he story behind the construction of the 1904 World’s Fair is one of human perseverance—a testimony to the energy, investment, and commitment of St. Louis’s citizens. The Fair was a highly orchestrated event, with its designers joining ranks with civic planners and an army of more than 10,000 laborers to transform over 1,200 acres of thickets and swamps in Forest Park and Clayton into a grand landscape filled with classically inspired buildings, waterways, gardens, and avenues. The opening of the 1904 World’s Fair followed several years of preparation that included the development of surrounding neighborhoods, improvements to the city’s water supply, and the clearing of parkland.

When the Louisiana Purchase Exposition Company’s Executive Committee selected Forest Park in late June 1901, many St. Louisans were dismayed at the prospect of destroying the scenic beauty of Forest Park for the coming Fair. The Exposition’s publicity staffers were quick to defuse these concerns with promises that the natural, rugged park would be “reborn” into a more civilized space.

The process of organizing, planning, constructing, and running the Louisiana Purchase Exposition changed St. Louis. The transformation of Forest Park from a wilderness of trees and thickets into a showcase of the latest thinking in urban design required an army of 10,000 workers who used cranes, tractors, horse teams, survey kits, blasting equipment, and freight trains to sculpt the land, lay sewer pipes and reroute the River Des Peres.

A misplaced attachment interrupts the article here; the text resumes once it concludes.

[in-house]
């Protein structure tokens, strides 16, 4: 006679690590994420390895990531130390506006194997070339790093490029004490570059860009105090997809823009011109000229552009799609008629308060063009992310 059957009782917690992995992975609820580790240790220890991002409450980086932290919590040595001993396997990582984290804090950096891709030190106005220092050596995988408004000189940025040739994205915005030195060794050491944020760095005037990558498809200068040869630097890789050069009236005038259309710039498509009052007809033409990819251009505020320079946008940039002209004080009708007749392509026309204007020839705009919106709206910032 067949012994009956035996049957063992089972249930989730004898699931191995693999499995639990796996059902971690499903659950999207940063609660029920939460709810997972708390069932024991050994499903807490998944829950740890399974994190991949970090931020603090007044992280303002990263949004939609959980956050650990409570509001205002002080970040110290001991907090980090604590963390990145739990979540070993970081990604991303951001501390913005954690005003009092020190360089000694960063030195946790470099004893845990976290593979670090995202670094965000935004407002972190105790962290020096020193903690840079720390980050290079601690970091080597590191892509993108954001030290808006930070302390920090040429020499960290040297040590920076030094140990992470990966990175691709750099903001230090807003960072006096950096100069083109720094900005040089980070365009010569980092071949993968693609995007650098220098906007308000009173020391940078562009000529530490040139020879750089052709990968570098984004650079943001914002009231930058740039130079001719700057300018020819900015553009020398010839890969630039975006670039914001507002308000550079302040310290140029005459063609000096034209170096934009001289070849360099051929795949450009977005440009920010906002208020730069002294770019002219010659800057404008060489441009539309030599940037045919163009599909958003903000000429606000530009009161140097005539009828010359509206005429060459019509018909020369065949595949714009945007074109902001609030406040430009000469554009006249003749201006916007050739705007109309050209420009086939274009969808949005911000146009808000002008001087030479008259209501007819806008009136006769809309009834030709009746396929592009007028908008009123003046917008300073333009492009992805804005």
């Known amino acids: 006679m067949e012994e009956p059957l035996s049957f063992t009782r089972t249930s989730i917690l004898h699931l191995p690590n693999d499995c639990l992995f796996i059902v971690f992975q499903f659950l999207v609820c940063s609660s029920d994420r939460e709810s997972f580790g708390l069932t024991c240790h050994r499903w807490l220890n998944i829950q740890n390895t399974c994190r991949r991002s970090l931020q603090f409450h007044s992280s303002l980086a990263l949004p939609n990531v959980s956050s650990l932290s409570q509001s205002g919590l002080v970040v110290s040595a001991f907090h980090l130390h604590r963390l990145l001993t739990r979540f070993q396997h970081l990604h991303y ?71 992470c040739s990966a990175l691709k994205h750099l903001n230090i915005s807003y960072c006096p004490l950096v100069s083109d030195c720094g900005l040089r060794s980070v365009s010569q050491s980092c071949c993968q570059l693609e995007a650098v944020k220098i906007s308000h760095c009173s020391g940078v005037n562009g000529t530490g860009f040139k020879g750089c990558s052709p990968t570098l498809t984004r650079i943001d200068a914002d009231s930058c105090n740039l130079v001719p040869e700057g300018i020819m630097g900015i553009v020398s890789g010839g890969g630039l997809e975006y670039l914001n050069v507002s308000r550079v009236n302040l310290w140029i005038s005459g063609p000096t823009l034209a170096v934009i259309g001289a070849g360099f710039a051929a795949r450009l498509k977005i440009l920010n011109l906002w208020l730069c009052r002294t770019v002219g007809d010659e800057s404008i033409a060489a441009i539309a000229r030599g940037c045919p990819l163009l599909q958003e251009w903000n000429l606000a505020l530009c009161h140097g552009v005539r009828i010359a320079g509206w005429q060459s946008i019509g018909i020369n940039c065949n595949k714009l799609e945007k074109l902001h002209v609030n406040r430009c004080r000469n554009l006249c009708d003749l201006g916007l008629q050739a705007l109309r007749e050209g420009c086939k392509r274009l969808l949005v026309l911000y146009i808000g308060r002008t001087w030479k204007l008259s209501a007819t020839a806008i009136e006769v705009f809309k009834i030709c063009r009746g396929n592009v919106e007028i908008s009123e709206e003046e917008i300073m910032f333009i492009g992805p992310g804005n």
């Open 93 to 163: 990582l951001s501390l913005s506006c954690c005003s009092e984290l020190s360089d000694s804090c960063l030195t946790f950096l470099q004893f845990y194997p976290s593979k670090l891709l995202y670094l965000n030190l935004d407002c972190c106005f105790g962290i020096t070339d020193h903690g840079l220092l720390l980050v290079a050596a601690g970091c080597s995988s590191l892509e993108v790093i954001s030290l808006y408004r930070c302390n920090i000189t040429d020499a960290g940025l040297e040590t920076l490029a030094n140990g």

The Department of Works straightened the meandering River Des Peres and built a new covered wooden channel under the main avenue of the Exposition to keep polluted water originating north of Lindell Avenue away from the World’s Fair site. Also constructed were new sewer lines under the park, which were connected to St. Louis’s expanding sewer system.

George Kessler served as the chief landscape architect for the Exposition. He worked in concert with his on-site supervisor, D. W. C. Perry, to direct teams of surveyors who produced topographical maps, coding the land with numbered wooden stakes placed at 50-foot intervals. From these codes, Kessler directed the immediate clearance of 200 acres of selected trees and underbrush, mostly elms and sycamores, whose stumps had to be blasted out with dynamite. His staff marked hundreds more trees for transplantation and use on the Fair site and constructed extensive greenhouses and horticultural beds on the Tesson Tract to supply Kessler’s sculptural vision.